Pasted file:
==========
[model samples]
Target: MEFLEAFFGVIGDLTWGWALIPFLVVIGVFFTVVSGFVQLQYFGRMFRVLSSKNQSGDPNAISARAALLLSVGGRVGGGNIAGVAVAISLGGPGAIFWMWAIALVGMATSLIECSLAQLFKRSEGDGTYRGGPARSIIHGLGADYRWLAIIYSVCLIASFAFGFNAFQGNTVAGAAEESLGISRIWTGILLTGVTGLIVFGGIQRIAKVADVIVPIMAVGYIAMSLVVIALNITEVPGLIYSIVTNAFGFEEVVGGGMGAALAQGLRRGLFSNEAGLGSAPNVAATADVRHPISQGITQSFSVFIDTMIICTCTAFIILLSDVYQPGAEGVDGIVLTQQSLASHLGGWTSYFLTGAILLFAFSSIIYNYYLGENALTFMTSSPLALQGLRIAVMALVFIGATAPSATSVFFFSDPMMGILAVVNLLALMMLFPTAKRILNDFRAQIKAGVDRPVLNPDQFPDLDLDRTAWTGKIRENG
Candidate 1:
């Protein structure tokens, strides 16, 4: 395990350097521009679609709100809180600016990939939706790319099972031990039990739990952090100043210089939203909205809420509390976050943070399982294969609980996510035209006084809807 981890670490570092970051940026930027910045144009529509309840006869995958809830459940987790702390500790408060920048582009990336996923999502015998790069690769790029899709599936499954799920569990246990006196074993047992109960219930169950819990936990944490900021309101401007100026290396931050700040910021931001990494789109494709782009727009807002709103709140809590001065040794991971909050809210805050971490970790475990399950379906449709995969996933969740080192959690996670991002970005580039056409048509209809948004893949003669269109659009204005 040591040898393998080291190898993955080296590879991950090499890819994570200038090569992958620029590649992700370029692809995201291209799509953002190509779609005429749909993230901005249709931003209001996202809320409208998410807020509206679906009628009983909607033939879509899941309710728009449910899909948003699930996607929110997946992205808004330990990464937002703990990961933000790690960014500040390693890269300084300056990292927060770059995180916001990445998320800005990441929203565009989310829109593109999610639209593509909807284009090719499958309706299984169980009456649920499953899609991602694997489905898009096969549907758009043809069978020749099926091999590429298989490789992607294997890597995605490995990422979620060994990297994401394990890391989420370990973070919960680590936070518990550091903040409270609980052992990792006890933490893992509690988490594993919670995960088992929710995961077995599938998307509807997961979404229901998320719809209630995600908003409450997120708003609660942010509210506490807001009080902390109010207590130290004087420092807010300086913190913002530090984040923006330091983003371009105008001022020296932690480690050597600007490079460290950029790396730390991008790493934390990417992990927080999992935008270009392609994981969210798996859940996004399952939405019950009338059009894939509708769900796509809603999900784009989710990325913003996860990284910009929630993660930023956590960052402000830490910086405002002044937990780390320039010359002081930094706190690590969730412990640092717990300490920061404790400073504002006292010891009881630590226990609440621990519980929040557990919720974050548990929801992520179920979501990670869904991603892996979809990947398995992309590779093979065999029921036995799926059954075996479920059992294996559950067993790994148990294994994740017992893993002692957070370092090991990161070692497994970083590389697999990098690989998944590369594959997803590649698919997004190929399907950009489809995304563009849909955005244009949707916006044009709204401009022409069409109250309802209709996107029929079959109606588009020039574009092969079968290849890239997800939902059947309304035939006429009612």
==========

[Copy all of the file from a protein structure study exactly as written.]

[model samples]
Target: MEFLEAFFGVIGDLTWGWALIPFLVVIGVFFTVVSGFVQLQYFGRMFRVLSSKNQSGDPNAISARAALLLSVGGRVGGGNIAGVAVAISLGGPGAIFWMWAIALVGMATSLIECSLAQLFKRSEGDGTYRGGPARSIIHGLGADYRWLAIIYSVCLIASFAFGFNAFQGNTVAGAAEESLGISRIWTGILLTGVTGLIVFGGIQRIAKVADVIVPIMAVGYIAMSLVVIALNITEVPGLIYSIVTNAFGFEEVVGGGMGAALAQGLRRGLFSNEAGLGSAPNVAATADVRHPISQGITQSFSVFIDTMIICTCTAFIILLSDVYQPGAEGVDGIVLTQQSLASHLGGWTSYFLTGAILLFAFSSIIYNYYLGENALTFMTSSPLALQGLRIAVMALVFIGATAPSATSVFFFSDPMMGILAVVNLLALMMLFPTAKRILNDFRAQIKAGVDRPVLNPDQFPDLDLDRTAWTGKIRENG
Candidate 1:
């Protein structure tokens, strides 16, 4: 395990350097521009679609709100809180600016990939939706790319099972031990039990739990952090100043210089939203909205809420509390976050943070399982294969609980996510035209006084809807 981890670490570092970051940026930027910045144009529509309840006869995958809830459940987790702390500790408060920048582009990336996923999502015998790069690769790029899709599936499954799920569990246990006196074993047992109960219930169950819990936990944490900021309101401007100026290396931050700040910021931001990494789109494709782009727009807002709103709140809590001065040794991971909050809210805050971490970790475990399950379906449709995969996933969740080192959690996670991002970005580039056409048509209809948004893949003669269109659009204005 040591040898393998080291190898993955080296590879991950090499890819994570200038090569992958620029590649992700370029692809995201291209799509953002190509779609005429749909993230901005249709931003209001996202809320409208998410807020509206679906009628009983909607033939879509899941309710728009449910899909948003699930996607929110997946992205808004330990990464937002703990990961933000790690960014500040390693890269300084300056990292927060770059995180916001990445998320800005990441929203565009989310829109593109999610639209593509909807284009090719499958309706299984169980009456649920499953899609991602694997489905898009096969549907758009043809069978020749099926091999590429298989490789992607294997890597995605490995990422979620060994990297994401394990890391989420370990973070919960680590936070518990550091903040409270609980052992990792006890933490893992509690988490594993919670995960088992929710995961077995599938998307509807997961979404229901998320719809209630995600908003409450997120708003609660942010509210506490807001009080902390109010207590130290004087420092807010300086913190913002530090984040923006330091983003371009105008001022020296932690480690050597600007490079460290950029790396730390991008790493934390990417992990927080999992935008270009392609994981969210798996859940996004399952939405019950009338059009894939509708769900796509809603999900784009989710990325913003996860990284910009929630993660930023956590960052402000830490910086405002002044937990780390320039010359002081930094706190690590969730412990640092717990300490920061404790400073504002006292010891009881630590226990609440621990519980929040557990919720974050548990929801992520179920979501990670869904991603892996979809990947398995992309590779093979065999029921036995799926059954075996479920059992294996559950067993790994148990294994994740017992893993002692957070370092090991990161070692497994970083590389697999990098690989998944590369594959997803590649698919997004190929399907950009489809995304563009849909955005244009949707916006044009709204401009022409069409109250309802209709996107029929079959109606588009020039574009092969079968290849890239997800939902059947309304035939006429009612």